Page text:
PS1 - 07: UNDERSTANDING STRESSORS IN SURGEONS- A UNIQUE INSIGHT
Nell Maloney Patel, MD1, Brian R Smith, MD2, Kevin Y Pei, MD3, Brian J Daley, MD4, Pamela A Rowland, PhD4; 1Rutgers-Robert Wood Johnson Medical School, 2UC Irvine, 3Yale School of Medicine, 4University of Tennessee
Purpose: Identifying stressors that impact surgeons is essential given the published 2016 suicide rate for physicians being 40% higher for males and 130% higher for females compared to a non-physician population1. The purpose of this study was to quantify stressors self-reported on an intake questionnaire collected from surgeons across 97 general surgery training programs.
Methods: One hundred and seventy-three surgeons enrolled in a general surgery certifying review course (2012-2016) were asked to self-report stressors. Additional data were collected using a written communication apprehension form2, a communication inventory form3 and follow up in person dyadic interview4. Surgeons were allowed to elaborate on self-reported stressors during the interviews conducted by three PhD scientists. For participants where stress was felt to be interfering with performance, course faculty provided specific short-term intervention for performance improvement and additional resources.
Results: All participants completed the three forms and the in-person interview. The results of the reported stressors indicated a high incidence of DSM-5 Diagnoses5. Most (86%) of the participants had completed a general surgery training program with a few still in training. All wanted to avoid the stress of current failure rates (20-28%)6 on the American Board of Surgery (ABS) examinations. Self-identified stressors included: ability to function in a sleep deprived environment; anger; death or serious illness in a family member; harassment during residency; isolation in solo practice; pregnancy or birth of a child; professional failure; and challenges with relationships. Many of these are similar to those displayed by surgeons reporting burnout or PTSD7. None of the participants reported substance abuse challenges. Many reported not seeking help due to relocation and/or concerns with confidentiality.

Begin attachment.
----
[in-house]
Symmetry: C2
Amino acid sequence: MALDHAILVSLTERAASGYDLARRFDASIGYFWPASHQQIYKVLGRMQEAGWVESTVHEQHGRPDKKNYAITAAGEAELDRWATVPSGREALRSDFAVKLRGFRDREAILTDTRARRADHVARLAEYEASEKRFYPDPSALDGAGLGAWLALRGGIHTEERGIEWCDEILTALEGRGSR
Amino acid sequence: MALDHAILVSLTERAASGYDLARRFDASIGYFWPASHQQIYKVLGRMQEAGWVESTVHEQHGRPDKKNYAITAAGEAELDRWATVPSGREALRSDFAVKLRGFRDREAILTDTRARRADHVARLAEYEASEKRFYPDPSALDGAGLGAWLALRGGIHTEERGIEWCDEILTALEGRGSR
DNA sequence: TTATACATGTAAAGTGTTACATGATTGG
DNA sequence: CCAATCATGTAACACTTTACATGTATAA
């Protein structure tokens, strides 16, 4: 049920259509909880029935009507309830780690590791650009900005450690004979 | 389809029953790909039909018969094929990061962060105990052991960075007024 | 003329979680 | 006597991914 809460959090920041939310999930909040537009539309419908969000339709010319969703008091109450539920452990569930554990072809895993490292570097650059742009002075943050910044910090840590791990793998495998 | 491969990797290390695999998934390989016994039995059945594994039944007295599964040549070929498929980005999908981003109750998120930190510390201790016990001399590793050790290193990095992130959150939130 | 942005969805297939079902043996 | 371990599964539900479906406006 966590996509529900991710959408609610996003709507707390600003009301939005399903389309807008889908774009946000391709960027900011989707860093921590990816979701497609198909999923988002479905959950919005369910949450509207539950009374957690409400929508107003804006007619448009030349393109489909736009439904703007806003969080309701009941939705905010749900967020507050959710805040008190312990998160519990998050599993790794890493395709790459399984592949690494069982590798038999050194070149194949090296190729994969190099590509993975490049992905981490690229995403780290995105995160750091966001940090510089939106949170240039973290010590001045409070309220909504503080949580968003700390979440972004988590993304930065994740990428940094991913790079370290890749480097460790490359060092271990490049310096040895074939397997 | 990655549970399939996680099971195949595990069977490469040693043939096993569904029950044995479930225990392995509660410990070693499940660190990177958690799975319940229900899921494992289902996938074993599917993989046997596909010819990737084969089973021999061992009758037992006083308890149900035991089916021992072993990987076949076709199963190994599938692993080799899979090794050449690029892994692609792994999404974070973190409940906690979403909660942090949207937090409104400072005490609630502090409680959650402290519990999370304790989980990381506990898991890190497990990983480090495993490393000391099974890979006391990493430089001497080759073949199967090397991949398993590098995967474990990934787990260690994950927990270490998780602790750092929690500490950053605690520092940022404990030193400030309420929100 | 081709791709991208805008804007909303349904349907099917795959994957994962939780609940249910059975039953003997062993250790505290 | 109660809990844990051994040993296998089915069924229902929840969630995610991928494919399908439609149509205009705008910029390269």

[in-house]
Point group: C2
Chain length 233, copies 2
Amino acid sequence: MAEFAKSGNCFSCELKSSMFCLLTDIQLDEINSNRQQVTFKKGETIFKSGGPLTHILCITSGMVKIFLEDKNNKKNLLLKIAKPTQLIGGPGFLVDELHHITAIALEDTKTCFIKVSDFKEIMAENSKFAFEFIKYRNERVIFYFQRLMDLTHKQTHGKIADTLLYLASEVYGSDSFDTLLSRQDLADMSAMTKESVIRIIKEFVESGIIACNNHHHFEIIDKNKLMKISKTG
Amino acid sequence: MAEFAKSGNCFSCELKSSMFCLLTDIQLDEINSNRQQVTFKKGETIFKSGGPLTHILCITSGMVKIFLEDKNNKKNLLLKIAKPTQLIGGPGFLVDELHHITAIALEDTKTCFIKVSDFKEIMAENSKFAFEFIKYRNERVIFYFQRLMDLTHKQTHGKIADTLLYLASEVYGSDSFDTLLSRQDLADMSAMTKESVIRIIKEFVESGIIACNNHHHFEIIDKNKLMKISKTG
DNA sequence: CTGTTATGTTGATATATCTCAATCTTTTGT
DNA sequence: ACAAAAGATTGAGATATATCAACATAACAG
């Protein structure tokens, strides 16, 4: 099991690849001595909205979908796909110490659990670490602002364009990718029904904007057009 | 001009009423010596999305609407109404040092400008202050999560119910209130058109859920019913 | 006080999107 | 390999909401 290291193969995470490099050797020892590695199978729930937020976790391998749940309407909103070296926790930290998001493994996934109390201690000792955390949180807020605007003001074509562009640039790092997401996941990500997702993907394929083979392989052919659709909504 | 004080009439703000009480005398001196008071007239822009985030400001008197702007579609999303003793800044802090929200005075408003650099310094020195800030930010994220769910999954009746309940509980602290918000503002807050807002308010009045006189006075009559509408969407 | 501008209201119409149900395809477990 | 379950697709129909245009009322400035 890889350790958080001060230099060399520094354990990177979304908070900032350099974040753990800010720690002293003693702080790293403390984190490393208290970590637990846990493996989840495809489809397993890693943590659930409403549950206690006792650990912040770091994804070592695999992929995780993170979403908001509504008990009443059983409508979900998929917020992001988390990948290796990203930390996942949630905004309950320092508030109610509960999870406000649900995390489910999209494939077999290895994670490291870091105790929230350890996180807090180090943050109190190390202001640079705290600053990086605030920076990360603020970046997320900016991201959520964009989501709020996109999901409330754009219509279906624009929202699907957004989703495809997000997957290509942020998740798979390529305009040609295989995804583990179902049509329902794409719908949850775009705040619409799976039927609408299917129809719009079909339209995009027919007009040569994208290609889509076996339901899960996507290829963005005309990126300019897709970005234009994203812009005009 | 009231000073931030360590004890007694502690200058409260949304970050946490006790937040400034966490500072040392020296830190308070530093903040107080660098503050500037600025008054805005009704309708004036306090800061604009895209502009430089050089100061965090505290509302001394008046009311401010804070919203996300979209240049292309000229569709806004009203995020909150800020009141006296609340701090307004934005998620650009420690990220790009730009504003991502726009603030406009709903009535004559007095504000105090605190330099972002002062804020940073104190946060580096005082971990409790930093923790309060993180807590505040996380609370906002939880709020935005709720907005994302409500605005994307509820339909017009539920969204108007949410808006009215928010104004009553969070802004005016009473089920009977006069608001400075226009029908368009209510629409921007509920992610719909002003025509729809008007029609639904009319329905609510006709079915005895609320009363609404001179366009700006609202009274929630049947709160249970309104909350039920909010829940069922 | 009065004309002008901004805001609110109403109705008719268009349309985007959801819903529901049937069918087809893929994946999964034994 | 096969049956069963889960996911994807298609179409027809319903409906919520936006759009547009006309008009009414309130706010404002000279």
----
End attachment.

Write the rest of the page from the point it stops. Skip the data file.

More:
Conclusion: In 2016, the ACGME launched a well-being initiative8 to help physicians understand stressors and suicide warning signs, but implementation will take time. Our study provides a unique perspective, self-reported and confirmed stressors. As stressors may impact performance, as demonstrated by study participants, future studies are needed to identify steps and programs to mitigate stressors for surgeons.